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Hi! I'm Casey Keller, semi-retired TV writer, avid cyclist, husband and father. I'm also a guy who devours audio books.


  • 21: The Final Unfinished Voyage of Jack Aubrey

    • UNABRIDGED (2 hrs and 33 mins)
    • By Patrick O'Brian
    • Narrated By Patrick Tull
    • Whispersync for Voice-ready

    Best-selling author Patrick O'Brian became a legend with his beloved Aubrey-Maturin seafaring tales. O'Brian received further attention with the critically acclaimed film adaptation, Master and Commander: The Far Side of the World, which was nominated for 10 Academy Awards¿ and won two.

    Casey says: "A Sad Farewell"
    "A Sad Farewell"

    It's with great sadness that I finished '21' the final, unfinished adventure of Jack Aubrey and Stephen Maturin in the Master And Commander Series. I think of all audio books, the UNABRIDGED versions of these must be considered the gold standard.

    Let's begin with the books themselves. If you've never read one, these are the adventures of two best friends, Captain John "Lucky Jack" Aubry and Stephen Maturin, M.D. during the Napoleonic wars. Each book is filled with adventure, comedy, romance, intrigue and history. The characters are drawn wonderfully, consistent enough to create comedy in their reactions, but inconsistent enough to ring true as humans. The details of nautical life are amazing. Author Patrick O'Brian's ear for dialog, dialects and nautical idioms was beyond brilliant.

    Then there is Patrick Tull, the British actor who brings these books to life on tape or MP3. Mr. Tull is that rare book reader who actually reflects on every word he reads. Each character has their own voice and dialect, not an easy thing to pull off over a span of twenty-one books. Even the female characters and love scenes, often a pitfall for even the best narrators, are pulled of wonderfully.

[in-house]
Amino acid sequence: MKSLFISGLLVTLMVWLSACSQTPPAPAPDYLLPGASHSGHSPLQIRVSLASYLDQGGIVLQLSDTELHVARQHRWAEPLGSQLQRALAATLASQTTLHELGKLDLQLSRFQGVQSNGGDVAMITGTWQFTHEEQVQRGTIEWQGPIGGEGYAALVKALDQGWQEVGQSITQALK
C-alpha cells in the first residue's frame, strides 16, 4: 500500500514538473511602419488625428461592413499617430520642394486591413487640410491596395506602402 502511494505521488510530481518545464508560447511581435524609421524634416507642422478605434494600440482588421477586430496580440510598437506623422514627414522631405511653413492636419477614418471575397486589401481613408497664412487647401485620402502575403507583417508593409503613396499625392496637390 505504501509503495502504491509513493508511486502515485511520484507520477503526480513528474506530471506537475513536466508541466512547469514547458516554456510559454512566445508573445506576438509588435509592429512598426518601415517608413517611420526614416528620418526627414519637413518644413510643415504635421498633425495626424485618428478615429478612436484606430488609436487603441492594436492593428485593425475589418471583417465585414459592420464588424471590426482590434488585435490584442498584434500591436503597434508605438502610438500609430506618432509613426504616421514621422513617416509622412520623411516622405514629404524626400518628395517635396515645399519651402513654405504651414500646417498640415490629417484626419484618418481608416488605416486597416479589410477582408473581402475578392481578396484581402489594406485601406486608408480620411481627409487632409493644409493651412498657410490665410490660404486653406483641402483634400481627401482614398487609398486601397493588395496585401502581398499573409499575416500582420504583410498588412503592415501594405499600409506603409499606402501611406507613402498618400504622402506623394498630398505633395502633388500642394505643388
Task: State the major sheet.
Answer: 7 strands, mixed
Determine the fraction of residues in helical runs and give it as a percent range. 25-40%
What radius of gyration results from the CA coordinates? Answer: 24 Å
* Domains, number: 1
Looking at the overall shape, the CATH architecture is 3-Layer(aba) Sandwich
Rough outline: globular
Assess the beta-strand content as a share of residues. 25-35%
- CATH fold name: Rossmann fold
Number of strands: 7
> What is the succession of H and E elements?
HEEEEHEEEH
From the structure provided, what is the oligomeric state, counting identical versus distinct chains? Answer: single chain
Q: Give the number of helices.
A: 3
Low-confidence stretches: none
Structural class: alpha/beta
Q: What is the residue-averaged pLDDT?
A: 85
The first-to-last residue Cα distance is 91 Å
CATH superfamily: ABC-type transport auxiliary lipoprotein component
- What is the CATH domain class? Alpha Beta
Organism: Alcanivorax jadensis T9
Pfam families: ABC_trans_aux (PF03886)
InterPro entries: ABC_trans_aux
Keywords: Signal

Do yourself a great favor. Download the UNABRIDGED version of Master And Commander as read by Mr. Tull. See why so many people have followed this series from its beginning. See why we feel so sad that there won't be a twenty-second book. This is as good as audio books can get.

    32 of 32 people found this review helpful
  • Freedomland

    • ABRIDGED (5 hrs and 54 mins)
    • By Richard Price
    • Narrated By Joe Morton

    A white woman, her hands gashed and bloody, stumbles into an inner-city emergency room and announces that she has just been carjacked by a black man. But then comes the horrifying twist: Her young son was asleep in the back seat, and he has now disappeared into the night.

    Casey says: "I'll take my audio books neat (and unabridged)"
    "I'll take my audio books neat (and unabridged)"

    First things first, Richard Price is an extraordinary writer. His work in movies "Clockers" and in television "The Wire" speaks for itself. His novels are wonderful. He reminds me of Tom Wolfe in his eye for subtlety and detail. His characters talk like human beings, not puppets set up to say glib things to show off how clever the writer is.

    Joe Morton, the narrator, is a world class actor and narrator. Among his acting credits is John Sayles "Brother From Another Planet" where he starred in a feature film without saying a word of dialog. He often narrates the "American Experience" series on PBS.